Ummm...about that blackberry winter... forecast for LaGrange
(11 April 2012)
Okay. So I was wrongnot the first time that's happened, and it won't be the last. But I haven't had to wear a coat since March 10, so it seems a little weird. Back to normal April weather, and not a moment too soon!

Nearly Wordless Wednesday: 4/11/12

Like miniature cabbage roses, no?

Deep pink blossoms on my mother's crabapple tree
Heard County, Georgia11 April 2010

Tuesday, April 10, 2012

Fragments of days gone by

I'm 11 feet tall! Raaaawwwrrr! (6 April 2012)

I've talked before about what people did a century ago with their broken dishes. It's the darnedest thing, but I find dishware fragments nearly everywhere I go—including my own yard. Last weekend was no exception. Nearly every place is an archaeological dig, so to speak.  

Monday, April 9, 2012

The last daffodil of spring

Or so it would seem, anyway. Narcissus poeticus always blooms in very late spring, just when most of us have forgotten daffodils and moved on to the charms of irises and azaleas.

Poet's daffodil, narcissus poeticus, blooms in very late spring
(my yard, LaGrange, Georgia—27 March 2012)

Saturday, April 7, 2012

Saturday Beauty: 4/7/12

The duck-billed platypus of the gardening world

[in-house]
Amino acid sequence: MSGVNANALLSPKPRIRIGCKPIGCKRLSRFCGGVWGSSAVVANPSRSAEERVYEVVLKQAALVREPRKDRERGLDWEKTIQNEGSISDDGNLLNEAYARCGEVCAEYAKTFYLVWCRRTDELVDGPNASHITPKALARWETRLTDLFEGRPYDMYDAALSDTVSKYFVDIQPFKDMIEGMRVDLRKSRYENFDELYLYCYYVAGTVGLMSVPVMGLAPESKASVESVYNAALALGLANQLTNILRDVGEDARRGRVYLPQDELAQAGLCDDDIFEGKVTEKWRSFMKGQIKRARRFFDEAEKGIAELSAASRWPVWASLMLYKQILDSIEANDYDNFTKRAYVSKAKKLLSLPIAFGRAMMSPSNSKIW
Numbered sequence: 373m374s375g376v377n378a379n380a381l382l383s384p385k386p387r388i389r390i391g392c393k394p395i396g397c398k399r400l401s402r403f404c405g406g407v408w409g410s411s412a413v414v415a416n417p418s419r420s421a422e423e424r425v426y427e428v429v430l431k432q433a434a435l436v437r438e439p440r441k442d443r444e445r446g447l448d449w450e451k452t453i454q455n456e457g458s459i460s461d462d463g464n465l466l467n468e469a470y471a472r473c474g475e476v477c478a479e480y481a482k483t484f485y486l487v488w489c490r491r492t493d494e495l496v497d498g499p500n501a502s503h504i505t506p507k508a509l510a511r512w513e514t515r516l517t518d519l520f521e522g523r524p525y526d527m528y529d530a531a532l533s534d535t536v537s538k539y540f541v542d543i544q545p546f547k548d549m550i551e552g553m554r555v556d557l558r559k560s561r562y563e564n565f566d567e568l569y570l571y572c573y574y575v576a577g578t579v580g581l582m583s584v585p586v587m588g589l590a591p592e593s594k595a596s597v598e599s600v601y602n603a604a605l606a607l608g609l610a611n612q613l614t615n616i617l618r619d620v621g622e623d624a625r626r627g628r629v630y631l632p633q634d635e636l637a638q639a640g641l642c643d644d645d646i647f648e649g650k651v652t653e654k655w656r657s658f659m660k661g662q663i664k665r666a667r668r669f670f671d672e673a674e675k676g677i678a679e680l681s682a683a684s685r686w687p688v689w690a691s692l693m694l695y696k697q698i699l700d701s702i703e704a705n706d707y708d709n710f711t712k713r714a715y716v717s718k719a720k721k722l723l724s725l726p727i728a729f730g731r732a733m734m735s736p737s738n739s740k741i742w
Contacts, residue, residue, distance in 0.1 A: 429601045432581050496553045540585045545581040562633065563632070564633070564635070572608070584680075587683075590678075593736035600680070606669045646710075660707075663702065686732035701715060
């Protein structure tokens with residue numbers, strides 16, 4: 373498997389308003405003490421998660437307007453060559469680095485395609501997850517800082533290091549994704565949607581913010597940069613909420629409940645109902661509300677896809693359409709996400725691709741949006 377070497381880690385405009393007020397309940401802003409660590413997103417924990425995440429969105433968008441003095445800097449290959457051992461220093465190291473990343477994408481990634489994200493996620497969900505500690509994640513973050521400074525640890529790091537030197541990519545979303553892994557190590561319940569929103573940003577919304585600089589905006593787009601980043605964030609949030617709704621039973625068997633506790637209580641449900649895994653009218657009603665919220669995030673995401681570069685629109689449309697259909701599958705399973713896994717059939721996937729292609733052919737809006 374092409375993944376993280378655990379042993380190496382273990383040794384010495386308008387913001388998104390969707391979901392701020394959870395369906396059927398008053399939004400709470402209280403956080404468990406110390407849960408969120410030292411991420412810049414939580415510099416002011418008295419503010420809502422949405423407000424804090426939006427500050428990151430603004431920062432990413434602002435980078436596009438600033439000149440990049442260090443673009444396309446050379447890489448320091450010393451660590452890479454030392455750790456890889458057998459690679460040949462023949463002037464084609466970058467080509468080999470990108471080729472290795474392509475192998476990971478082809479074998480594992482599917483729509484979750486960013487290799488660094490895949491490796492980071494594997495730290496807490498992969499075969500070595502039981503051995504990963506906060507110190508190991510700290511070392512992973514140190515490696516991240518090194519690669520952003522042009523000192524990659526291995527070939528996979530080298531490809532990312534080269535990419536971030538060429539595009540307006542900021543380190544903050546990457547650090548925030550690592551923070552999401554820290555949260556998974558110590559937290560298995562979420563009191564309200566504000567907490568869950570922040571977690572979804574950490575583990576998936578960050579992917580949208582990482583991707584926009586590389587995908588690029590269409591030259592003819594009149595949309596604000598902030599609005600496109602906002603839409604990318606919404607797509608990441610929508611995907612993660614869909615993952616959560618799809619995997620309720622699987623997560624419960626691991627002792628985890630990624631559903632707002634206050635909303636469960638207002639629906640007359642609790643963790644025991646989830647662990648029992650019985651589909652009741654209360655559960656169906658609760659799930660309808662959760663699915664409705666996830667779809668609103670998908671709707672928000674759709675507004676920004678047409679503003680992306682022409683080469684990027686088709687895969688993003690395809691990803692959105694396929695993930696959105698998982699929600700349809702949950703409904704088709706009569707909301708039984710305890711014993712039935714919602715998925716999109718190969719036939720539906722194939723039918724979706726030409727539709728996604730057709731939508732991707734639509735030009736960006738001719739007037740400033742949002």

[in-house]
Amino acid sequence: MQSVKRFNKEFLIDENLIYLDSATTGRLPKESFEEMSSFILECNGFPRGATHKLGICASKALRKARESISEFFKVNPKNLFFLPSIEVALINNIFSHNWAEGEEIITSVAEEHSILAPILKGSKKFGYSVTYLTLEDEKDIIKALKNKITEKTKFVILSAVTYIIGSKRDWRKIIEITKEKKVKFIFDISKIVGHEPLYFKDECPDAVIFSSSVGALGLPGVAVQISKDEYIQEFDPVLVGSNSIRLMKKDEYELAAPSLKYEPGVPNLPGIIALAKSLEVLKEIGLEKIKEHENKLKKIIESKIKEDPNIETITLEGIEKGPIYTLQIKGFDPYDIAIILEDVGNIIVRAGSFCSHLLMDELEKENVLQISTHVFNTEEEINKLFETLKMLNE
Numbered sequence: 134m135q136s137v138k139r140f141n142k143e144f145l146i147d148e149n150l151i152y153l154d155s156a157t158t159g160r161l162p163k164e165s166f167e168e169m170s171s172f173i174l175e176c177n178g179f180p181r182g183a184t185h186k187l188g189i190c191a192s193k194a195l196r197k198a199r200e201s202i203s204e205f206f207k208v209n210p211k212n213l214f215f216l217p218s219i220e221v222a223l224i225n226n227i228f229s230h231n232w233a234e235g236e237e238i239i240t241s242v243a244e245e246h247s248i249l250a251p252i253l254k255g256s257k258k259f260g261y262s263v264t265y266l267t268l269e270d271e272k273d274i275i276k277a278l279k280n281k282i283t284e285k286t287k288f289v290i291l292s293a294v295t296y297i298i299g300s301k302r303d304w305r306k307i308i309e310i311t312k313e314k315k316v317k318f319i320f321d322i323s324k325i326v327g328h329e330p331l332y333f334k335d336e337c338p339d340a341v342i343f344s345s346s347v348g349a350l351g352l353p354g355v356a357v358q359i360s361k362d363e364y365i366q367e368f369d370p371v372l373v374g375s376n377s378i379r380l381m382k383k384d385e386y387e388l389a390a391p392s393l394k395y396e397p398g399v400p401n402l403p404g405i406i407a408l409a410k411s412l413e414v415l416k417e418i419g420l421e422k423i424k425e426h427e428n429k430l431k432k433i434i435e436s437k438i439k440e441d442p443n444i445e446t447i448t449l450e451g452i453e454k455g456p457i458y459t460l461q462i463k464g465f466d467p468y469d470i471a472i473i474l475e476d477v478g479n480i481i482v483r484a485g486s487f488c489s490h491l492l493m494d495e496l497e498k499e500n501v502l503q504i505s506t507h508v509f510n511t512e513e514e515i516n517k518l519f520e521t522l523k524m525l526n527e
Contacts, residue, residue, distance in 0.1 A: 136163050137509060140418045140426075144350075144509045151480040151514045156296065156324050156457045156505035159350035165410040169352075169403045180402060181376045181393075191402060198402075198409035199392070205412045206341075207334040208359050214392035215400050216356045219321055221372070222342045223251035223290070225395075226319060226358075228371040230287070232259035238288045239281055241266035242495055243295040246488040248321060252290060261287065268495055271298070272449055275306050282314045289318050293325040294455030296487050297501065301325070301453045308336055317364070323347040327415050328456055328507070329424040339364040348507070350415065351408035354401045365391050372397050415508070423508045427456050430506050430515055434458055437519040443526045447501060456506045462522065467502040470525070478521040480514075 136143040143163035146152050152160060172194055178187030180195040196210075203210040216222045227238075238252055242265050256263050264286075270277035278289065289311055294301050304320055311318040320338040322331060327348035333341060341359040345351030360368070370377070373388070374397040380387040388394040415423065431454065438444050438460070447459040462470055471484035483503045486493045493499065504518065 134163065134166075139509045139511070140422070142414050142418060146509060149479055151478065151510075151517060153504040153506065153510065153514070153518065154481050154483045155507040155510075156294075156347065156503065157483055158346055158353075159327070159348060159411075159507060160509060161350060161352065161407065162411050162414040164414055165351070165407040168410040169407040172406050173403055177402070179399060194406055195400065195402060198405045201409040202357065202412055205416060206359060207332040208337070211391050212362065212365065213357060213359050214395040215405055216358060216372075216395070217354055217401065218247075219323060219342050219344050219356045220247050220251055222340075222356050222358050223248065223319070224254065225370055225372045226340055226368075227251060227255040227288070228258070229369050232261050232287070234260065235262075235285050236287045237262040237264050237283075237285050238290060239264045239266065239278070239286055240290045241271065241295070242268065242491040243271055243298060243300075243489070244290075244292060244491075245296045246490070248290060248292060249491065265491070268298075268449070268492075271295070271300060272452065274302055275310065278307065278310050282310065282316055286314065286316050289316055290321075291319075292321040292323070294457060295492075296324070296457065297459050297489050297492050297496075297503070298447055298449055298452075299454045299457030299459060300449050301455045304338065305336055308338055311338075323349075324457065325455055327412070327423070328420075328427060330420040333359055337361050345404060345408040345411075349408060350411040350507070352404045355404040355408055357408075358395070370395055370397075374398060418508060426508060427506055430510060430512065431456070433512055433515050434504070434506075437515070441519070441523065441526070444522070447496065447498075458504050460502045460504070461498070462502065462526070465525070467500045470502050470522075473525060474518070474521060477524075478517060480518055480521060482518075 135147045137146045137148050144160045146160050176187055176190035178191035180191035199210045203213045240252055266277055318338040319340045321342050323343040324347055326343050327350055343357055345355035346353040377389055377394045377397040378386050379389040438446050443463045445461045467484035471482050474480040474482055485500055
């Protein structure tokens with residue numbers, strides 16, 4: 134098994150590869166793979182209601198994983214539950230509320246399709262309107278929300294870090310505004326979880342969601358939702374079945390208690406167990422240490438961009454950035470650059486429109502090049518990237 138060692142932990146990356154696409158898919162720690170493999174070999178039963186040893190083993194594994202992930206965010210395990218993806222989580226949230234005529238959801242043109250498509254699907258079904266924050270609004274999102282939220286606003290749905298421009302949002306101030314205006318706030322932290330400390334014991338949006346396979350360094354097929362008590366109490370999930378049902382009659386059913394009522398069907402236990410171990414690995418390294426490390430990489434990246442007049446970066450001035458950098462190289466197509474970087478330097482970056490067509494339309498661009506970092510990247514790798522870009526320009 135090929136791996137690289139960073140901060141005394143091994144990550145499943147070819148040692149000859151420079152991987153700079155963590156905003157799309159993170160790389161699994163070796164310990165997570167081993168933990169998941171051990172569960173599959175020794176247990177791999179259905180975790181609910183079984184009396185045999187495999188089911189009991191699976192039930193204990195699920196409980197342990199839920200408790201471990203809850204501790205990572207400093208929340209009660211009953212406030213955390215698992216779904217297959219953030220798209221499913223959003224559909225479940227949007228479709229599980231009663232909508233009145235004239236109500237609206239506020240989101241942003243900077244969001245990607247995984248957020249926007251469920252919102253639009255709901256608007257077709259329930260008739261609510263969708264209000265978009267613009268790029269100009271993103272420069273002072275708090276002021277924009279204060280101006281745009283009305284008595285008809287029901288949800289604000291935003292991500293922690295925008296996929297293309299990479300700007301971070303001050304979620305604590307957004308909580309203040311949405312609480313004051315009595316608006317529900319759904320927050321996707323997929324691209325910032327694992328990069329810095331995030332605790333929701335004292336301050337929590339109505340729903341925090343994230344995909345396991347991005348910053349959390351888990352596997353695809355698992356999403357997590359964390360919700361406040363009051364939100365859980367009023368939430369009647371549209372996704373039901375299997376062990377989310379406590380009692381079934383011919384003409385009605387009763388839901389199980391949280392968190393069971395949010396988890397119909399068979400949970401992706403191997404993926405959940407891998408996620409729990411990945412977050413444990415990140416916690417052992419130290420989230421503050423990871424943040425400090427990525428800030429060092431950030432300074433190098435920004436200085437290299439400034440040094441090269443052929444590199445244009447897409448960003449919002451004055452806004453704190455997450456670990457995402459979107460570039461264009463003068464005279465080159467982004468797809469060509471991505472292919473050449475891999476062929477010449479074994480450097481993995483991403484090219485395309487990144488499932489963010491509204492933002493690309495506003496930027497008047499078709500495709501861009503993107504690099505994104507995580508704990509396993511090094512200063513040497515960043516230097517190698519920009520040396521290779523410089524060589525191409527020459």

The Oregon grape holly (Mahonia aquifolium) holds on to its gorgeous fall leaves and grape-like fruits until well into spring. This one stands about four feet tall in front of the Comfort Inn, in Warner Robins, Georgia.

As I checked out of the hotel and prepared to head home after my overnight business trip, I couldn't help snapping a photo of the matte bluish-gray "grapes"—they look as if they're covered in frost—and how they jump out against the warm reds, oranges, golds, and light greens of the foliage.

Warner Robins, Georgia—10 April 2010

Friday, April 6, 2012

As close as we'll get to "blackberry winter" this year

Downright chilly weather, once you get used to the high 80s in early April

A few minutes ago, I walked around the house closing all the windows that I've had open for going on three weeks. High temperatures have already climbed into the high 80s here in LaGrange in early April53 degrees feels kind of cold. And 43 tonight? Brrrr! Looks like a three-cat night. On the other hand, though, this is normal April weather for the Deep South. You know things are off kilter when normal feels like weird.

Wednesday, April 4, 2012

Tuesday, April 3, 2012

Earl Scruggs and Southern food tradition

Country music banjo legend Earl Scruggs passed away last week at age 88.

No, this isn't a music blog by any means (although I'm a country music researcher). But bless the Southern Foodways Allliance for reminding me of Scruggs' connection with traditional Southern foods—Flatt & Scruggs' rendition of the 1953 Martha White jingle. It's still in use today. 

Now you bake right (uh-huh) with Martha White (yes, ma'am)
Goodness gracious, good and light, Martha White
For the finest biscuits, cakes and pies,
Get Martha White self-rising flour
The one all purpose flour,
Martha White self-rising flour's
Got Hot Rize
Rest in peace, Earl.